Asked Monday what was more likely -- the Arizona Diamondbacks win the World Series or he wins the White House -- Sen. John McCain said: "Well, in all due respect, I think they're about the same."
The Diamondbacks were down 3-0 to the Colorado Rockies in the National League championship series at the time. They were eliminated, 4-0, last night.
McCain's prognostication comes just as GQ prepares to release an inside look at the slow collapse of his presidential campaign. McCain may yet make a comeback -- if only because the reporters in the mainstream media so badly want it to be so -- but the GQ piece won't help. It describes a campaign marked by unrealistic expectations and out-of-control spending, all led by a moody and mercurial candidate.
It's the "McCain is crazy" stuff of a whisper campaign, only it's coming from some of the senator's own.
Longtime McCain strategist and soulmate John Weaver describes a conversation he had with McCain in July, just before Weaver left the campaign. "He was in a bad place emotionally . . . about the war, about immigration -- both that the legislation had failed and that it had damaged him politically; angry about the campaign; angry about his previous trip to Iraq and the treatment he received from the press. And he was just unhappy . . . So it wasn't a specific complaint. It was a rant."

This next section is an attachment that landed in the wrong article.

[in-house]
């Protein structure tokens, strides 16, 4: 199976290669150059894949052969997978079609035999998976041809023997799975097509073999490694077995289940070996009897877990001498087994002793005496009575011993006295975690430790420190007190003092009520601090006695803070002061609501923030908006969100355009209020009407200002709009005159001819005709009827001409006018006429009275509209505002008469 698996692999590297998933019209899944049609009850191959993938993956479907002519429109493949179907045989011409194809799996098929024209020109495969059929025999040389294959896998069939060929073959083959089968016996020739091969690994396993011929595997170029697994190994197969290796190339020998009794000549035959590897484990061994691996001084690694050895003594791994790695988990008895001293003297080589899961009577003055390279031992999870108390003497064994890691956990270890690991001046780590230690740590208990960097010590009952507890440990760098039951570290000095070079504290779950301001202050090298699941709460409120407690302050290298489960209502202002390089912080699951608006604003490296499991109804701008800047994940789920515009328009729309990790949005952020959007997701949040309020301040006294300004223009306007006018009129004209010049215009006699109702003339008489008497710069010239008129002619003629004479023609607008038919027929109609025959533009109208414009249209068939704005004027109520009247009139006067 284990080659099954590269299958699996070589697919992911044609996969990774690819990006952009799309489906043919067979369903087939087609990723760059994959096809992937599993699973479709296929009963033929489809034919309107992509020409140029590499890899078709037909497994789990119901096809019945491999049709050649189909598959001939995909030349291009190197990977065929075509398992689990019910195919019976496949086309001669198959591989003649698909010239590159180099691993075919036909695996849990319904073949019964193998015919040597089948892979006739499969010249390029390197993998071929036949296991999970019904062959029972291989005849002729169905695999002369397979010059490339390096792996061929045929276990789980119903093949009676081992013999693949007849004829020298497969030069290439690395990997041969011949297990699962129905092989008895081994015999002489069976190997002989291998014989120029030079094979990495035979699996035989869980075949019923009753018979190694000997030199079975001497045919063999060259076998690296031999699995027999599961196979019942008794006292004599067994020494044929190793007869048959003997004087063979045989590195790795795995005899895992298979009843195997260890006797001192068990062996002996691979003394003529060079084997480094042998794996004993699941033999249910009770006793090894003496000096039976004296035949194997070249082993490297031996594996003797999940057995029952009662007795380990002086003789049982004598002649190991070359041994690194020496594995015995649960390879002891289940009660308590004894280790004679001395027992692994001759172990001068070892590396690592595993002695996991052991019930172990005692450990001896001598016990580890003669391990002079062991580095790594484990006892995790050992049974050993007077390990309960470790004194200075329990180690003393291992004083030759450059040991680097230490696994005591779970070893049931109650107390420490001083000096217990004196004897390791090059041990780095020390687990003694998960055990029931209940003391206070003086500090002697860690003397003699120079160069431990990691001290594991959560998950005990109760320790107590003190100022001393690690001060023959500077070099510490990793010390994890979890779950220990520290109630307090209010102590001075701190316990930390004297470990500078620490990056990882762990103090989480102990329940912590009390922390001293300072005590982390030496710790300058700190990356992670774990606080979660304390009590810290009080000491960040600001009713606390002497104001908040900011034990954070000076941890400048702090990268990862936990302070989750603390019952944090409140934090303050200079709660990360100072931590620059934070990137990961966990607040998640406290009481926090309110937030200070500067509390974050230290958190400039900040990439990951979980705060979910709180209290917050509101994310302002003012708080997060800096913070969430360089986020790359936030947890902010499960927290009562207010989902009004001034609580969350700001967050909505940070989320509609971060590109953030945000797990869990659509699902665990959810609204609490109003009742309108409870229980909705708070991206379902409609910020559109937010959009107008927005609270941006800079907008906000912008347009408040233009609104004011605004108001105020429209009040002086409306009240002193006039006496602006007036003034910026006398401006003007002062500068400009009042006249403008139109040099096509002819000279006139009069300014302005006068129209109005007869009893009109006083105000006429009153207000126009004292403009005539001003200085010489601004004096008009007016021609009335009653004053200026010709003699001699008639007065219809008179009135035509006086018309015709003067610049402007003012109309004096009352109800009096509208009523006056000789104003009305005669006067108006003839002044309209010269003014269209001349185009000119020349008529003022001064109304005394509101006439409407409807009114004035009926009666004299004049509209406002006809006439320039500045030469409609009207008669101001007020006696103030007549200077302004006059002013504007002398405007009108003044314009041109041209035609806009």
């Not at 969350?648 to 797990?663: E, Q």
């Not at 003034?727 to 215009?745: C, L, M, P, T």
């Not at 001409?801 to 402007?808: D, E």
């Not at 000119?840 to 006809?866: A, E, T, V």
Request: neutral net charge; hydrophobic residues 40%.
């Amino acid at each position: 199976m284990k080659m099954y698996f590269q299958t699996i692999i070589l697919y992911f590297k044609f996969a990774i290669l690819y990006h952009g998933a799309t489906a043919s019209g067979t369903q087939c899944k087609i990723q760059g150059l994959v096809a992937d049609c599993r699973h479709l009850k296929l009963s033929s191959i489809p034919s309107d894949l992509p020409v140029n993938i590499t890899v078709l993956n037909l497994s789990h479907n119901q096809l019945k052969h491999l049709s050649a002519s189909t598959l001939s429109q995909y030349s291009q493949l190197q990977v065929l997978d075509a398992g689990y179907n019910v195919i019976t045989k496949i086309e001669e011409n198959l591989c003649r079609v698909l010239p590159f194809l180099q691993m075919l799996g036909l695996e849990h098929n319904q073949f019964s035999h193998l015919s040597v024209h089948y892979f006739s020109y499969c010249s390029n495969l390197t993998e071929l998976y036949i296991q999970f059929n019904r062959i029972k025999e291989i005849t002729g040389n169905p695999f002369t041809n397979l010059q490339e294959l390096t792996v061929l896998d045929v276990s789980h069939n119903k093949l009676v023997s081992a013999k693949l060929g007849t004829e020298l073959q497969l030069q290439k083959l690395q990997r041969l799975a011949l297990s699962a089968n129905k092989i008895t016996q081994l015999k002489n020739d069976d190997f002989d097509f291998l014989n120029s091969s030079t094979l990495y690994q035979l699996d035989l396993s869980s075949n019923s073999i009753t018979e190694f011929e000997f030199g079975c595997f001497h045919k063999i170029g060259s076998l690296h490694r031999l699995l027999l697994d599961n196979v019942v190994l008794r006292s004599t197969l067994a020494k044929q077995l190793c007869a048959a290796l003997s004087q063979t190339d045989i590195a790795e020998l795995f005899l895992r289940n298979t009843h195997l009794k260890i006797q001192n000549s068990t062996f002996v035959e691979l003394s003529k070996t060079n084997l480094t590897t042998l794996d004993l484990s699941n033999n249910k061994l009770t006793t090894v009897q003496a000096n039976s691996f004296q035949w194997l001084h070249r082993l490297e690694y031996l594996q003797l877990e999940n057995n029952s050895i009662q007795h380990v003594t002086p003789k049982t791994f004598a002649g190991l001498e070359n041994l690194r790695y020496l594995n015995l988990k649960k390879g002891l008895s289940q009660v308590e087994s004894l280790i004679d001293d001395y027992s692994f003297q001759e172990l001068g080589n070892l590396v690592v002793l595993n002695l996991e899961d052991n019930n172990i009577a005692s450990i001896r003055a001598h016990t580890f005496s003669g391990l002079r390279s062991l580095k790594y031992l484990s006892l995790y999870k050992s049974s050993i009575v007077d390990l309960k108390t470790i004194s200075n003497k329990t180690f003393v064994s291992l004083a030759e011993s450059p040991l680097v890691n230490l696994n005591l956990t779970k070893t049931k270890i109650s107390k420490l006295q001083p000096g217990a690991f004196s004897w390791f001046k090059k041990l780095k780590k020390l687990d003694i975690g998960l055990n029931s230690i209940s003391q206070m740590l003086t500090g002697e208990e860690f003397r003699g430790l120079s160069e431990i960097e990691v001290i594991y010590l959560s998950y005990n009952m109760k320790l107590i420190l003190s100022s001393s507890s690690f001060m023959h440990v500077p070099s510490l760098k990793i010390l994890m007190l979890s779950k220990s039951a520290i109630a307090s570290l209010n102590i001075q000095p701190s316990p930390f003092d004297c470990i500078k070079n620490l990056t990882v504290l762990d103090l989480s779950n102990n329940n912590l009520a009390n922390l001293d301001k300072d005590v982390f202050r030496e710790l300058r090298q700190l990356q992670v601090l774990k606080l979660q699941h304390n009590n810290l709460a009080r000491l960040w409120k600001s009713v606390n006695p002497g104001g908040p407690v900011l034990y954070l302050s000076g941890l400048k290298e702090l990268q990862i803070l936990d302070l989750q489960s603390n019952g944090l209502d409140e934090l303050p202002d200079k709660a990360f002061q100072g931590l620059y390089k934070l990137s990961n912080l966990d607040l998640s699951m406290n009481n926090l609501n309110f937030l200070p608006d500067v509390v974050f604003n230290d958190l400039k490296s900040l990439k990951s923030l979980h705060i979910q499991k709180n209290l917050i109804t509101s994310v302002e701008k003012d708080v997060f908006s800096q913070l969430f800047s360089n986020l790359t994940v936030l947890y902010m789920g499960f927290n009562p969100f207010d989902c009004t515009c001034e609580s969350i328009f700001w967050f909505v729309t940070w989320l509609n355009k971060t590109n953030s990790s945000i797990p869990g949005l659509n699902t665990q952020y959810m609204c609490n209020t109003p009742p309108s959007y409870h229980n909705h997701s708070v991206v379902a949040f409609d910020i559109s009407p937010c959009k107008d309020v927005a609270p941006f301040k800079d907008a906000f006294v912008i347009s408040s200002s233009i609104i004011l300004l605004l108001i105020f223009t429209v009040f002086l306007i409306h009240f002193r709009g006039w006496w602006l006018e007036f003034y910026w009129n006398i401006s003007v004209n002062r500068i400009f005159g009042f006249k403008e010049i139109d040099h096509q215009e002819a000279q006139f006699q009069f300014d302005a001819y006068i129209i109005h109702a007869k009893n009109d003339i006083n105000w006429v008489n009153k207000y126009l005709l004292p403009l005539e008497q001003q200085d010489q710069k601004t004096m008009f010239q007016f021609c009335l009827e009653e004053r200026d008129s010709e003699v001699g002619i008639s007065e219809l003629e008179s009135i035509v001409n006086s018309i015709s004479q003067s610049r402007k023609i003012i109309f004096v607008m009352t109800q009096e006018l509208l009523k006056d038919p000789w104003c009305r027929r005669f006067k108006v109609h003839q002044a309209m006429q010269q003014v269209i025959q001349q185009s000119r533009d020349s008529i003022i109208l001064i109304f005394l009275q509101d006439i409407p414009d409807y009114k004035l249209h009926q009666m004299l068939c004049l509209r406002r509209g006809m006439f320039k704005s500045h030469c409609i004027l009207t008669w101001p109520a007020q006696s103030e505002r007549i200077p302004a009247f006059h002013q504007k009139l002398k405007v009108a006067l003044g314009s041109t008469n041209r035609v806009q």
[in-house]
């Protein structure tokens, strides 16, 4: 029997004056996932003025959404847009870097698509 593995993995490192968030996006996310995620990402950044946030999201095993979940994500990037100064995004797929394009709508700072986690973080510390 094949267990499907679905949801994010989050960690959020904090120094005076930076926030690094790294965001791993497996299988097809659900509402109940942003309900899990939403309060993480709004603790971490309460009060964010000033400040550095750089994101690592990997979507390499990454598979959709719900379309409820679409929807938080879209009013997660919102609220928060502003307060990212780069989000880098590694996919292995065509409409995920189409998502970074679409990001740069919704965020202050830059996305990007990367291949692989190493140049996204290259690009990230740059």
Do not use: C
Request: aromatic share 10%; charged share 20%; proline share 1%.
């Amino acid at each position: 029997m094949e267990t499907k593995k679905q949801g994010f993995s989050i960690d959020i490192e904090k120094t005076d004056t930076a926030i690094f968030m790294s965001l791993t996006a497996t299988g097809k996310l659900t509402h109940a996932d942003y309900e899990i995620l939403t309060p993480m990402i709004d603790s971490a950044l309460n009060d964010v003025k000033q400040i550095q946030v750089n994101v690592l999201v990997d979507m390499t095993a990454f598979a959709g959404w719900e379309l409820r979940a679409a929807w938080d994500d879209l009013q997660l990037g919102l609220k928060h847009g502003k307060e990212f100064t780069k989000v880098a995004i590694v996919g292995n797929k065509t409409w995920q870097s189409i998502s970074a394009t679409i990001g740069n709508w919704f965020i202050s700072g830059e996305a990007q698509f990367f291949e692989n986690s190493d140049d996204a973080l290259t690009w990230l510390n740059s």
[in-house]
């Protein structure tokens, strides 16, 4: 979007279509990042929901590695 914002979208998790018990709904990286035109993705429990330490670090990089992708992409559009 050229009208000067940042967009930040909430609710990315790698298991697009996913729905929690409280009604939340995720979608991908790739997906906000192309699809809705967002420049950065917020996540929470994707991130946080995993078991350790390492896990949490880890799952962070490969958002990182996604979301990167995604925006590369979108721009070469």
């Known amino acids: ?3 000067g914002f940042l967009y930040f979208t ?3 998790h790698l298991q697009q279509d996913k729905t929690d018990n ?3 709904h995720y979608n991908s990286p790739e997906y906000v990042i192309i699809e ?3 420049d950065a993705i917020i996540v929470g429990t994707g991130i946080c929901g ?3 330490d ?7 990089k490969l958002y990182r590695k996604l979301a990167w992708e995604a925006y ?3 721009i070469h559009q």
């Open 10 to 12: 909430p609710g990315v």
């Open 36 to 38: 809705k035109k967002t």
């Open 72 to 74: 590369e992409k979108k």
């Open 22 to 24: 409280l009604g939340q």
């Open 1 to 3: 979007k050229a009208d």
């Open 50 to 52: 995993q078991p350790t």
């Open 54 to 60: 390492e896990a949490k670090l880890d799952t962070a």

The next day, McCain reportedly questioned the loyalty of longtime advisor and former speechwriter Mark Salter. A few days after that, he seemed ready to quit the campaign. Salter apparently talked him out of it; later that day, McCain gave what GQ calls a "pep talk" to his campaign staffers, vowing to "out campaign" the rest of the GOP field.
An unidentified "outside advisor" to the campaign tells GQ that McCain panicked as fortunes turned against him. "After all the challenges he's faced," the advisor says, "it's almost like he expected the presidency to be a coronation."